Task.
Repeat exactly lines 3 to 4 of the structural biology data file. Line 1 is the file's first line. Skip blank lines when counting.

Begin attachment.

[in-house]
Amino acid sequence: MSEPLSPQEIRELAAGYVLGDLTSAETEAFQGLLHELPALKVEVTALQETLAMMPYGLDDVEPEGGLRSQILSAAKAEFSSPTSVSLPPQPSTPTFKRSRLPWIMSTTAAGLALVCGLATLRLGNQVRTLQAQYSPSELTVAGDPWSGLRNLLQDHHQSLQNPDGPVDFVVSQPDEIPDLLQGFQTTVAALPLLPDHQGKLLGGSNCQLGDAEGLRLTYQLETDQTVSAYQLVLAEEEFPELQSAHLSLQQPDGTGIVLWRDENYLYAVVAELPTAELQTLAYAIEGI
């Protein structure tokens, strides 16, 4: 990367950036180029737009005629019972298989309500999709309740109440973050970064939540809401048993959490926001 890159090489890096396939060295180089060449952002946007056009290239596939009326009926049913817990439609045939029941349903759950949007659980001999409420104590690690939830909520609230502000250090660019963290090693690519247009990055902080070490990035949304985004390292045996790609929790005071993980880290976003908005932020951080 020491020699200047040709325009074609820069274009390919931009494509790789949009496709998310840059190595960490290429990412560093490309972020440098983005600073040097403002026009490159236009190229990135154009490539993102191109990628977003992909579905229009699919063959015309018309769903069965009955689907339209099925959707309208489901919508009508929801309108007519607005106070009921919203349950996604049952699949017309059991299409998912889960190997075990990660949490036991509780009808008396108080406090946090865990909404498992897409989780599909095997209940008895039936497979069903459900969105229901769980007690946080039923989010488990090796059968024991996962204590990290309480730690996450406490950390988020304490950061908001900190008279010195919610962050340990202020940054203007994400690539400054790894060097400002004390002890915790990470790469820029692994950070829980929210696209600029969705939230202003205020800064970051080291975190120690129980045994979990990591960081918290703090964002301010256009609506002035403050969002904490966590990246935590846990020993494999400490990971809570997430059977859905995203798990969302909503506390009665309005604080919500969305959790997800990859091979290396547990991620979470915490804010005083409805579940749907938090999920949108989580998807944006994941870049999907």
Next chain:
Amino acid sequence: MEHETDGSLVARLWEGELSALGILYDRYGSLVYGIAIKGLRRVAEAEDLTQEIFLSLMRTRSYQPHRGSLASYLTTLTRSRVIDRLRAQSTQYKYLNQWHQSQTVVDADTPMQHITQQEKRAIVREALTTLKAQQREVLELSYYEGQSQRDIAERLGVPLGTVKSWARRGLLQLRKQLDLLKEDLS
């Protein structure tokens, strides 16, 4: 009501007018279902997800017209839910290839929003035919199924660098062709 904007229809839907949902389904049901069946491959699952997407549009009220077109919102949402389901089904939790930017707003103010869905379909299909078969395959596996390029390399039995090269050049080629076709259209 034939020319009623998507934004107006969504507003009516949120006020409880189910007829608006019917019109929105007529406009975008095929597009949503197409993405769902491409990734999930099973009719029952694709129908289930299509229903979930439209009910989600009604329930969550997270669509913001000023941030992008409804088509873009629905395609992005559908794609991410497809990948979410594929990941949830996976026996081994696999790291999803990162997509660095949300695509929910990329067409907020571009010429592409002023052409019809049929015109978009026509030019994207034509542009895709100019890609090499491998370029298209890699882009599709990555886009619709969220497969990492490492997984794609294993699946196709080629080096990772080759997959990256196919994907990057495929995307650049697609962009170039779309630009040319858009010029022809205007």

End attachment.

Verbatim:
């Protein structure tokens, strides 16, 4: 990367950036180029737009005629019972298989309500999709309740109440973050970064939540809401048993959490926001 890159090489890096396939060295180089060449952002946007056009290239596939009326009926049913817990439609045939029941349903759950949007659980001999409420104590690690939830909520609230502000250090660019963290090693690519247009990055902080070490990035949304985004390292045996790609929790005071993980880290976003908005932020951080 020491020699200047040709325009074609820069274009390919931009494509790789949009496709998310840059190595960490290429990412560093490309972020440098983005600073040097403002026009490159236009190229990135154009490539993102191109990628977003992909579905229009699919063959015309018309769903069965009955689907339209099925959707309208489901919508009508929801309108007519607005106070009921919203349950996604049952699949017309059991299409998912889960190997075990990660949490036991509780009808008396108080406090946090865990909404498992897409989780599909095997209940008895039936497979069903459900969105229901769980007690946080039923989010488990090796059968024991996962204590990290309480730690996450406490950390988020304490950061908001900190008279010195919610962050340990202020940054203007994400690539400054790894060097400002004390002890915790990470790469820029692994950070829980929210696209600029969705939230202003205020800064970051080291975190120690129980045994979990990591960081918290703090964002301010256009609506002035403050969002904490966590990246935590846990020993494999400490990971809570997430059977859905995203798990969302909503506390009665309005604080919500969305959790997800990859091979290396547990991620979470915490804010005083409805579940749907938090999920949108989580998807944006994941870049999907």
Next chain: